The National Institute of Standards and Technology (‘NIST’) published, on 9 September 2019, a notice requesting comments on the preliminary draft of the NIST Privacy Framework: a Tool for Improving Privacy through Enterprise Risk Management (‘the Draft Privacy Framework’). In particular, the Draft Privacy Framework aims at providing a common language for understanding, managing and communicating privacy risks with internal and external stakeholders from various entities. Furthermore, NIST noted that the Draft Privacy Framework will provide sufficient guidance and resources to aid organisations in building and maintaining a privacy risk management programme and will be used to identify and prioritise actions for reducing privacy risks and align policy, business and technological approaches to manage identified risks.
NIST outlined that in order to achieve these goals the Draft Privacy Framework focuses on three parts, namely a ‘Core’, ‘Profiles’ and ‘Implementation Tiers’. The ‘Core’ offers a set of privacy protection activities and the possibility for organisations to engage into dialogue about desired outcomes. In addition, ‘Profiles’ will help to determine which ‘Core’ activities should be pursued in order to most effectively reach a determined goal. Finally, ‘Implementation Tiers’ will optimise organisational decision-making on how to manage privacy risks by taking into account the nature of the privacy risks engendered by the organisation’s systems, products, or services and the sufficiency of the processes and resources that the organisation has in place to manage such risks.
Furthermore, and as the Draft Privacy Framework will serve as a foundation for organisations dealing with privacy, NIST highlighted that it is broadly drafted in order to account for the unique needs of organisations and can be used in multiple ways, where the decision on how to apply it is left to the implementing organisation. NIST noted that the possibilities for using the Draft Privacy Framework include, defining and mapping progress through the use of informative references, strengthening accountability, and establishing or improving a privacy programme. Moreover, the Draft Privacy Framework can be applied throughout the phases of a system development life cycle, and within the data processing ecosystem, by providing a means of communication that can be used by staff holding different positions and enhance informed decision-making with respect to purchases and acquisitions.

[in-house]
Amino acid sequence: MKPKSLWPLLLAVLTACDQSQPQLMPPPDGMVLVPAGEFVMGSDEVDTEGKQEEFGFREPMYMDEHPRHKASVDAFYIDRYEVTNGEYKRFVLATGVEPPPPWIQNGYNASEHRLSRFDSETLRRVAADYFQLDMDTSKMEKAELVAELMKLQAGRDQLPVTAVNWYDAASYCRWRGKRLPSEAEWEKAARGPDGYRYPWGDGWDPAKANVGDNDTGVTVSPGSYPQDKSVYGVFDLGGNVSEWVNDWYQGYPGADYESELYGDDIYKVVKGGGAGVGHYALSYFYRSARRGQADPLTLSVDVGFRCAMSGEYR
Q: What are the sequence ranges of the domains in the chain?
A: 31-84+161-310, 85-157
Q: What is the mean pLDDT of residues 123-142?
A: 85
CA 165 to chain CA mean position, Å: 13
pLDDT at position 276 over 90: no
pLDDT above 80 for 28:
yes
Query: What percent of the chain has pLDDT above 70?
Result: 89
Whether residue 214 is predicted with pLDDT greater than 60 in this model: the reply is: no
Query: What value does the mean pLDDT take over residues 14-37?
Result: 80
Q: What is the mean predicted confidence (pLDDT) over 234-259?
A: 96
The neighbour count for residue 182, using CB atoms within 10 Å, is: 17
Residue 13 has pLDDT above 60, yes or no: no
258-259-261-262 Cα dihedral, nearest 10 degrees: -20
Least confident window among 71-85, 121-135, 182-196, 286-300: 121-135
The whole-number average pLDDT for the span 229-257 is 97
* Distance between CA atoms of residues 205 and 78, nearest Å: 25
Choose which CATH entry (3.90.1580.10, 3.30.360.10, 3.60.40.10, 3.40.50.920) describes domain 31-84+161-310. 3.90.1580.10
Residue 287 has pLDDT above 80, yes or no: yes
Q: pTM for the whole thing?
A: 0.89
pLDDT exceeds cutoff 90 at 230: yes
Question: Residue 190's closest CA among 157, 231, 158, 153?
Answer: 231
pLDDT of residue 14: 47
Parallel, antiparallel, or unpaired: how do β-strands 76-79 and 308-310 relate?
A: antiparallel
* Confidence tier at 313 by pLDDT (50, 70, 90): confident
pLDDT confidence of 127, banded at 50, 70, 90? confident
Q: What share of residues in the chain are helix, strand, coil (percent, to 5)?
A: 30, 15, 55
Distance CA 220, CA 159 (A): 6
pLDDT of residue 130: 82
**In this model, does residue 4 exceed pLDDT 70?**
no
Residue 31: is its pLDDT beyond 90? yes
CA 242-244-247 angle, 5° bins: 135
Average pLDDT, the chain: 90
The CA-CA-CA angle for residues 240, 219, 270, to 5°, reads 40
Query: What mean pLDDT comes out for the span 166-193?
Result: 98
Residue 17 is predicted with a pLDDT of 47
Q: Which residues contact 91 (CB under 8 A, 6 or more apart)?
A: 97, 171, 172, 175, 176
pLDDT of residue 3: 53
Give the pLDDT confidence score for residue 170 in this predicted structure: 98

Finally, NIST noted that the latest version of the Draft Privacy Framework carries notable additions, such as an increased focus on flexibility for organisations to choose different requirements based on their privacy outcome choices, and a structural and conceptual alignment of the Draft Privacy Framework with NIST’s Framework for Improving Critical Infrastructure Cybersecurity (‘the Cybersecurity Framework’), as the two frameworks frequently share a common core. In particular, NIST outlined that the Draft Privacy Framework’s structure closely mirrors the Cybersecurity Framework, which allows for more efficient implementation by organisations that are already familiar with the Cybersecurity Framework.
Comments on the Draft Privacy Framework can be made by 24 October 2019.
LEA BUSCH Privacy Analyst